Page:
NLU Delhi’s efforts have got prisoners off death row, JGLS has helped transgender persons get their documents in order.
Sheena Sachdeva | January 15, 2024 | 02:32 PM IST
NEW DELHI: As part of his work with Project 39A, National Law University (NLU) Delhi’s legal research and pro-bono litigation centre, Ayan Gupta read stacks of letters written by prisoners on death row – those slated for execution.
“It became clear with each letter that most people on death row were marginalised and poor, a realisation that made me very critical of the death penalty and criminal justice systems in general,” said Gupta, now in fifth year of BA-LLB. That experience in research and working on real cases helped him win the Rhodes Scholarship and get into MSc in Criminology and Criminal Justice programme at Oxford University.
Bar Council of India’s regulations for law schools require all law schools to have legal aid clinics with lists of volunteer lawyers and non-government organisations. The National Legal Services Authority (Legal Services Clinics) Regulations, 2011, provide for District Legal Services Authorities to set up legal aid clinics in educational institutions. As per data shared by the ministry of law and justice with parliament in April 2023, under the 2011 regulations, legal services clinics had been established in 1,095 educational institutions. There were over 1,660 law schools in all.
NLU Delhi’s Project 39A began as a research centre but eventually evolved into something akin to a legal aid clinic, organising pro-bono representation in death-row cases. In fact, over 65% of legal challenges to verdicts of capital punishment have come from this group.
While legal aid clinics are not equally effective everywhere, some institutions have taken the project very seriously, assigning academic credits to work done as part of them. Some have evolved into research centres; some have connected communities that needed help with volunteer lawyers; still others have focused only on raising awareness of laws and rights among marginalised communities. While college legal aid clinics were originally intended to participate in active cases, many don’t.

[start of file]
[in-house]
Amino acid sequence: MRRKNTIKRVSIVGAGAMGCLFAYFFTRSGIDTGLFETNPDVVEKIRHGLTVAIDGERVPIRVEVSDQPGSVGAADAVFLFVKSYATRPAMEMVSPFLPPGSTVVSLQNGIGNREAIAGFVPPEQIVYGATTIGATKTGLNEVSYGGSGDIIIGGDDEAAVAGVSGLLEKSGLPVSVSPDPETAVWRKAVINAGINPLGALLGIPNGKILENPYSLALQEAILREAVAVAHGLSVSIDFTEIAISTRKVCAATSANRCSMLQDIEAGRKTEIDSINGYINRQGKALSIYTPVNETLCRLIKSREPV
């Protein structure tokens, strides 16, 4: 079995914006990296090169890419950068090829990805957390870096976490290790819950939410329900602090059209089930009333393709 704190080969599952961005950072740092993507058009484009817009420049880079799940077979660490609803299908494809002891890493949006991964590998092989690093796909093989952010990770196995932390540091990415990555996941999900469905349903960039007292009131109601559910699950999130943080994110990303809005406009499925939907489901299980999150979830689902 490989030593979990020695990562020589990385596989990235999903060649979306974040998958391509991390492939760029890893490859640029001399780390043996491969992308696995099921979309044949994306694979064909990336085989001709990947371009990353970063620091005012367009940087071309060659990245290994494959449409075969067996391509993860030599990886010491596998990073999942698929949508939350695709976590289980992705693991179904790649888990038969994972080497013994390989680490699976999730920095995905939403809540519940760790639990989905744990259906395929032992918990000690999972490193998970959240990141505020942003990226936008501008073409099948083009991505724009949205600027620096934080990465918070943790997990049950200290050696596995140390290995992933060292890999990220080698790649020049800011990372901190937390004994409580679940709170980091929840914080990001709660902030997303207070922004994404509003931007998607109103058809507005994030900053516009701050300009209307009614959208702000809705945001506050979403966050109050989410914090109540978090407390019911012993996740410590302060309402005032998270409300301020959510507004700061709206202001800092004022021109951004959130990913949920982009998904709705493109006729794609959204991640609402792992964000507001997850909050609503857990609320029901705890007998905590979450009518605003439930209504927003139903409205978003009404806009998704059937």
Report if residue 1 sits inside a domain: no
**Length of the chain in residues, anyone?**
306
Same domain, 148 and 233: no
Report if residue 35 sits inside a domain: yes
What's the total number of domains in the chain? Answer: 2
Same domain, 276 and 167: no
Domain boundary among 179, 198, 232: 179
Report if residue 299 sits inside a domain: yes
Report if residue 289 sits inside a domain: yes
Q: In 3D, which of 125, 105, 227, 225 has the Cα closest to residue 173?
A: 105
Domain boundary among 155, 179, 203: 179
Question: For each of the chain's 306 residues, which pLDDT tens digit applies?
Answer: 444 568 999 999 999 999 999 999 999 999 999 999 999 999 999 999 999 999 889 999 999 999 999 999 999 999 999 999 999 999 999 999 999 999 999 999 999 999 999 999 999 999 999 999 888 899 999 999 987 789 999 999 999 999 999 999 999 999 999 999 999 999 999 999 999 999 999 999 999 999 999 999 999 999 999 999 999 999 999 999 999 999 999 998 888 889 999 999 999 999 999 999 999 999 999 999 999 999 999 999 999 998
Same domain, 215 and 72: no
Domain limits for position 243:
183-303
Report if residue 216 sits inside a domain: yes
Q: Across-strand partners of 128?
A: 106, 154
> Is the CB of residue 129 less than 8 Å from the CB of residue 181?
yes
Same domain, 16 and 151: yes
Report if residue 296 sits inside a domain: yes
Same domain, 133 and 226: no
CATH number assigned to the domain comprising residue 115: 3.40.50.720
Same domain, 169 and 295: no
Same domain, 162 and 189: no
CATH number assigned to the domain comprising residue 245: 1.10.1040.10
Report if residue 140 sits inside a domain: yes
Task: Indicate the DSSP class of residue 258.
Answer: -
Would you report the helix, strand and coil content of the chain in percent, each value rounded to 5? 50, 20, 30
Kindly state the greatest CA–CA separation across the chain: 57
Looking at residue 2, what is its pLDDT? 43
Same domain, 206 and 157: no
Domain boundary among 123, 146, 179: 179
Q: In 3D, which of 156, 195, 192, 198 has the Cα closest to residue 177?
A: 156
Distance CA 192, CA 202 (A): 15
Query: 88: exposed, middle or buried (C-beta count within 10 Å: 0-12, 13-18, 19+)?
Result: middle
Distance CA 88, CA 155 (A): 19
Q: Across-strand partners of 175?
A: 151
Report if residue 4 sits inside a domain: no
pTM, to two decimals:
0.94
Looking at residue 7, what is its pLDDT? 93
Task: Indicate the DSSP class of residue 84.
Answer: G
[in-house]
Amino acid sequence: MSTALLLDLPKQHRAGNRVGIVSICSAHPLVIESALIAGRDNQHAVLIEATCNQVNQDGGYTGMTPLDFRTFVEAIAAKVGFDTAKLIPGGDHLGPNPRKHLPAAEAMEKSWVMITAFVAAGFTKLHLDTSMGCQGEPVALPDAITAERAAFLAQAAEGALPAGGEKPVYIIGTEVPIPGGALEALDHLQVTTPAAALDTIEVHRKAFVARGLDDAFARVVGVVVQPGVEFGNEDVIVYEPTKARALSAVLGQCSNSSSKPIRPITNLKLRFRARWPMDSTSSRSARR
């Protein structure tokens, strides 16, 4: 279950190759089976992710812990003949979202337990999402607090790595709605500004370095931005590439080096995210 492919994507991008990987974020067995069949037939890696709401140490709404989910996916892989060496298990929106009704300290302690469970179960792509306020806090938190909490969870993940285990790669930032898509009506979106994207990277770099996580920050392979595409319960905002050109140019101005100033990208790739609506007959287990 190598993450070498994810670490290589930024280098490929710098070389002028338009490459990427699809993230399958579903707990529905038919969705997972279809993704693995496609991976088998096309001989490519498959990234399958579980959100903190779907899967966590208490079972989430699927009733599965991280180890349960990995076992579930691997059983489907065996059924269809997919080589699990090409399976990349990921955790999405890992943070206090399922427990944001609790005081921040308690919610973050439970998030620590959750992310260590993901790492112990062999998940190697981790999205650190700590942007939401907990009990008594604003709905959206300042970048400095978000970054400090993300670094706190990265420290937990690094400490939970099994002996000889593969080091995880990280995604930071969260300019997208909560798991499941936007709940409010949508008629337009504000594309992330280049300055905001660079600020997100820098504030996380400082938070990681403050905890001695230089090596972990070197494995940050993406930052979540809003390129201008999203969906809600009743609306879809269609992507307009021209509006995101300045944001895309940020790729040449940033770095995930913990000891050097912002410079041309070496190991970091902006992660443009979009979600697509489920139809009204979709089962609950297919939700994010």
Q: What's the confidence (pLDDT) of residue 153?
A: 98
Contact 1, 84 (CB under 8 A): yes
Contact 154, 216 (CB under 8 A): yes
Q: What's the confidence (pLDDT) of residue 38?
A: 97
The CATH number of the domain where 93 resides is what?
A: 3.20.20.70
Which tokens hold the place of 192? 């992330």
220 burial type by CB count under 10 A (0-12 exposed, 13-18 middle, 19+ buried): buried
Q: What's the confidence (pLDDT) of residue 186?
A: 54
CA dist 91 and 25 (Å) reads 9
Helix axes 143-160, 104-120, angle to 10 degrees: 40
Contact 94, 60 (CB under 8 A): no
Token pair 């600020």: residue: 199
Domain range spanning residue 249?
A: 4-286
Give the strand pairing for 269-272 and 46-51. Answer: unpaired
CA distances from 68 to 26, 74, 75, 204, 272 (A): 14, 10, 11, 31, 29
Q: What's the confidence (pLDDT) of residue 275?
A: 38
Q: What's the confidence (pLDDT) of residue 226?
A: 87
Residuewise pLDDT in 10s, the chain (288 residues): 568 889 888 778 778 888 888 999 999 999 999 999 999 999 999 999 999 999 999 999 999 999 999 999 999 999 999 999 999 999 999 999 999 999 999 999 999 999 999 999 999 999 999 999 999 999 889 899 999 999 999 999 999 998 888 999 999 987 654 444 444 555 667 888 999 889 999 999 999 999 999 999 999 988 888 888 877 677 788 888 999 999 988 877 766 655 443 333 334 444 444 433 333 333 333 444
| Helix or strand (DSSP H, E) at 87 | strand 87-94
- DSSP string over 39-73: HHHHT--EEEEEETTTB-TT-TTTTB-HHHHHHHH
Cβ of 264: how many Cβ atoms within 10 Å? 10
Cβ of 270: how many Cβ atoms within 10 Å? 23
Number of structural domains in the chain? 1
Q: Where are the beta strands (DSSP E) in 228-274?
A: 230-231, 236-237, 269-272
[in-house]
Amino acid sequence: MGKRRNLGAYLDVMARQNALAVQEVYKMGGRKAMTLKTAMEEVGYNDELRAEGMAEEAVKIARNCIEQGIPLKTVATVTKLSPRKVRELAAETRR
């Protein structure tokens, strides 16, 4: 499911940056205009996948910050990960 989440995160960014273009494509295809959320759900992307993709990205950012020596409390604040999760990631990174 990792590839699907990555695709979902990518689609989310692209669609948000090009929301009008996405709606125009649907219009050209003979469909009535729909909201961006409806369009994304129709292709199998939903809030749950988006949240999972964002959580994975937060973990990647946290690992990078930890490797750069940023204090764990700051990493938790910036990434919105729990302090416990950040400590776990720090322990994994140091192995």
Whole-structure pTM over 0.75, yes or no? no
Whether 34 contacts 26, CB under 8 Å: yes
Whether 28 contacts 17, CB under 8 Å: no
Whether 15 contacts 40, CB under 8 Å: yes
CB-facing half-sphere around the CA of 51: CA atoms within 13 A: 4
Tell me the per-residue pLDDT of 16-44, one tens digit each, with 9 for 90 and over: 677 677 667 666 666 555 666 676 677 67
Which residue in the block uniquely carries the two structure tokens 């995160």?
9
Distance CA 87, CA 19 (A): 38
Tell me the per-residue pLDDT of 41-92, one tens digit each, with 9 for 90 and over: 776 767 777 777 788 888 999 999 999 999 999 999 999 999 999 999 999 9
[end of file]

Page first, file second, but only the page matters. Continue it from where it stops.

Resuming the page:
“Our legal aid work is not focussed on faculties or students but on marginalised communities with a provision of academic credit to students for their work in clinical legal initiatives,” said Dipika Jain, professor of law, vice-dean (research and clinical legal education) and director, Centre for Justice, Law and Society, Jindal Global Law School (JGLS).
“When you work with a litigation or research team, you get to know what happened in real cases. Studying laws and rights in a classroom is very different from working on a live case focussing on live realities with negotiations and litigations,” explained Gupta.
According to Anup Surendranath, a professor of law at NLU Delhi, being the executive director of Project 39A has helped his teaching. “Along with teaching, I do real life cases and research which has significant practical consequences on the ground. It has strengthened my teaching. For instance, I, along with a group of practitioners, have represented 65-70% of all death sentence cases in the Supreme Court and High Courts. We prepare the arguments with evidence and brief Supreme Court senior counsels who appear for us pro bono. Through this, I am able to make students realise how theory is applied on the ground and also its challenges. The idea is that students learn the law but also critically look at the law.” Over the years, the centre has managed to get 21 death-row prisoners completely acquitted and 39 had their sentences commuted to life imprisonment.
Project 39A also works with undertrial prisoners. Through a collaboration with the government of Maharashtra, it has helped file bail applications for prisoners in Pune and Nagpur prisons. “We try to ensure that the research we do comes in use in representation. For instance, we interviewed India’s death row prisoners, tracked down their families and brought out the first-of-its-kind ‘Death Penalty India Report’. For the first time, we created a report on who is on death row in India, their socio-economic profile, offences and their experience with the criminal justice system. We collaborated with each state to track down each of the families,” informed Surendranath.